All this data points to an appealing argument in favor of arts entrepreneurship: The arts attract the educated, and the educated make more money. That means many arts-related businesses should profit, and so should municipalities, through higher tax receipts; developers, through more expensive homes; and all sorts of higher-end shops and restaurants, by locating near the cultural amenities that better educated people enjoy. Public officials and private-sector businesspeople might then stop looking at arts projects as charity and see them more as smart investments that attract the most appealing residents. Arts entrepreneurs are likely to find far more sympathetic ears among community leaders, who are more likely to offer tax incentives, lower rent for arts-related businesses in new developments or other mutually rewarding partnerships.
Omaha's success story won't be repeated everywhere. Places like Manhattan, San Francisco or Los Angeles have so much art already that any additional project isn't likely to make much of a difference or get city leaders too excited. However, these cities have such large populations of increasingly well-paid arts lovers that arts-related businesses might not even need the help. Yet other towns and cities are so art-deprived that they have a very long way to go.
The idea of attracting the "creative class," made popular by author Richard Florida, has become trendy in economic development. I've spoken with officials in places like remote and tiny Chillicothe, Ohio, and Demopolis, Ala., who imagine that if they could just attract a couple cool businesses, the young, successful folks would pour in. It seems fair to predict that won't happen soon--though local leaders might give arts entrepreneurs almost anything they ask for to lure them there.
There is, clearly, a dark side to this new economic reality. There is, painfully and simply, far less demand for Americans without education. The American dream always meant that anybody willing to put in a hard day's work could make a decent living. That's just not true anymore for people without at least some post-high school education. It's not a small group: Around 80 million Americans over the age of 25 fall into this category, and they are disproportionately represented in exactly the parts of our country underserved by the arts, such as inner cities, Appalachia and many other rural counties in the Deep South and on Native American reservations. It's easy to imagine a future in which businesses and arts groups simply ignore the needs of this huge and fragile part of our country. They are increasingly broke, increasingly isolated and they are the group hardest to attract to arts events.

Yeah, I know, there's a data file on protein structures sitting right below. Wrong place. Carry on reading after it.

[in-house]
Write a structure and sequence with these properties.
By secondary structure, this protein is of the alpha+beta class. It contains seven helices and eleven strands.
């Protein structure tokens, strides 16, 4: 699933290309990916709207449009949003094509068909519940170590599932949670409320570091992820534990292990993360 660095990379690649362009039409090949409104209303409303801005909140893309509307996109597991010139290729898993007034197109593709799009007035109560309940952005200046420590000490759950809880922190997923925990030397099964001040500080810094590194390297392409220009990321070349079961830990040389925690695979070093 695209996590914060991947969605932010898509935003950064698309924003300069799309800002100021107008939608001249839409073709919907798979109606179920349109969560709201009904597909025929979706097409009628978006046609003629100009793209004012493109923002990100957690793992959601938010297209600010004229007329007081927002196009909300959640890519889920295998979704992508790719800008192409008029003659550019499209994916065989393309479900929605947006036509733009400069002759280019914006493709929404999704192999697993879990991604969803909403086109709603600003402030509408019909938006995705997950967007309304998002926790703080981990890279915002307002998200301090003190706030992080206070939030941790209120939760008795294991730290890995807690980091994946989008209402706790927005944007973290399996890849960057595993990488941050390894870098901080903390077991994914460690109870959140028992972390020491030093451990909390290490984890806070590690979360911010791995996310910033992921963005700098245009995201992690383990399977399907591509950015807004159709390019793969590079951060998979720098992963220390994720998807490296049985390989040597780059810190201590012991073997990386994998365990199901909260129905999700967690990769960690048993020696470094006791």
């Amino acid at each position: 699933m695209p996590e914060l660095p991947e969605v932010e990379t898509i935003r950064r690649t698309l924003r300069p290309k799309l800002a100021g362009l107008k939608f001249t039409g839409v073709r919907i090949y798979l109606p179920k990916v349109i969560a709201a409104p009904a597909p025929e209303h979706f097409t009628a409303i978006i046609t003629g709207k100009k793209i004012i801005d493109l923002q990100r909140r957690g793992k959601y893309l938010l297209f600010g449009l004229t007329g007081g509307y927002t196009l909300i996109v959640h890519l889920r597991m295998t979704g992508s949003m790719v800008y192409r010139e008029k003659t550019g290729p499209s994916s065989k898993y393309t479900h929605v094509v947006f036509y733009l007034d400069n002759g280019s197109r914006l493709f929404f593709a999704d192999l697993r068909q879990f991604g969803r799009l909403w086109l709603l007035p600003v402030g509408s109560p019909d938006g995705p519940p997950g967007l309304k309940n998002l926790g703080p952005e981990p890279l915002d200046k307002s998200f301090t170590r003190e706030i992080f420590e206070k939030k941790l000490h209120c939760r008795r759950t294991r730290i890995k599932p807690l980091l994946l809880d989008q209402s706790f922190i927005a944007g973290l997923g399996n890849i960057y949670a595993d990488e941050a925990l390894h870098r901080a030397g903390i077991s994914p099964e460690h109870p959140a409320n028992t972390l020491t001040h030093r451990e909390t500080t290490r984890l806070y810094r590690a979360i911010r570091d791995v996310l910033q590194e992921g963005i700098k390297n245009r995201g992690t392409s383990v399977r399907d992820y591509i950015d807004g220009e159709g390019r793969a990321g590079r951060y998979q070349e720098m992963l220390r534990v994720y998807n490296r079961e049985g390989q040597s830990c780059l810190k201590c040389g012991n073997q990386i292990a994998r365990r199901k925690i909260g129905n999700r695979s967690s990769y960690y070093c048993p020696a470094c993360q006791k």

Or, it could work the other way: Newly flush arts projects could use their surplus to expand their offerings and reach audiences they never have before.
The Data Dilemma
It's notoriously difficult to get clear, reliable statistics on arts-related businesses in the U.S. Put simply, we really don't know what's going on. The Department of Labor's Bureau of Labor Statistics--which gathers the most comprehensive data on what Americans do for a living--lumps all arts in the broad category of "arts, entertainment and recreation," which includes ballet companies, casinos and fitness centers; and artists make up a tiny portion of the group.
Actors and dancers make up 1.4 percent (26,000 people), much smaller than, say, the number of security guards at entertainment venues (39,000, or 2 percent) or amusement park and recreation facility attendants (a huge 166,000, or 8.5 percent). Museum workers are lumped together under "museums, historical sites and similar institutions," which includes a large number of security guards, again, janitors, cashiers and a tiny smattering of curators. The national numbers for artists are tiny; the local numbers are so minuscule that they are close to statistical irrelevance.
Many other arts-related businesses are lumped under other categories--a coffee shop that sells local artists' work would only appear under the food concession category; a boutique gift store selling original artwork would be under retail. To make the statistical picture even fuzzier, arts workers tend to be young, itinerant contract employees who rapidly switch from job to job, industry to industry. Much of the most interesting artwork done in the U.S., of course, happens in people's studios or in small DIY performance spaces where what little pay artists receive is in cash and largely invisible to official measures.
There are other sources of data: The National Endowment for the Arts funds a host of academic surveys, and some foundations conduct their own research, but all of them have to make arbitrary judgments about crucial issues, such as the big one: What, exactly, is art? Another crucial, but unanswerable question: What is the difference between art and commerce? Should we count a big, commercial show on Broadway as art or commerce? How about a show-tune revue at Disney World? What about a topless dance act in Vegas--is it only art if there's a live orchestra and some feathery headgear involved? Is a bookstore more like an art gallery or more like a hardware store? For that matter, is an art gallery more like a museum or a Walmart?
All these measures seem to have a bias toward bigger, more official arts businesses in larger cultural capitals. They definitely include the Metropolitan Opera or the Metropolitan Museum of Art. They don't count some awesome blues clubs in the Mississippi Delta (which are classified under "food services and drinking places"). And they completely ignore the self-taught artist down the road selling his handmade sculptures out of his garage. --A.D.
Adam Davidson is co-founder and co-host of Planet Money, a co-production of NPR and This American Life.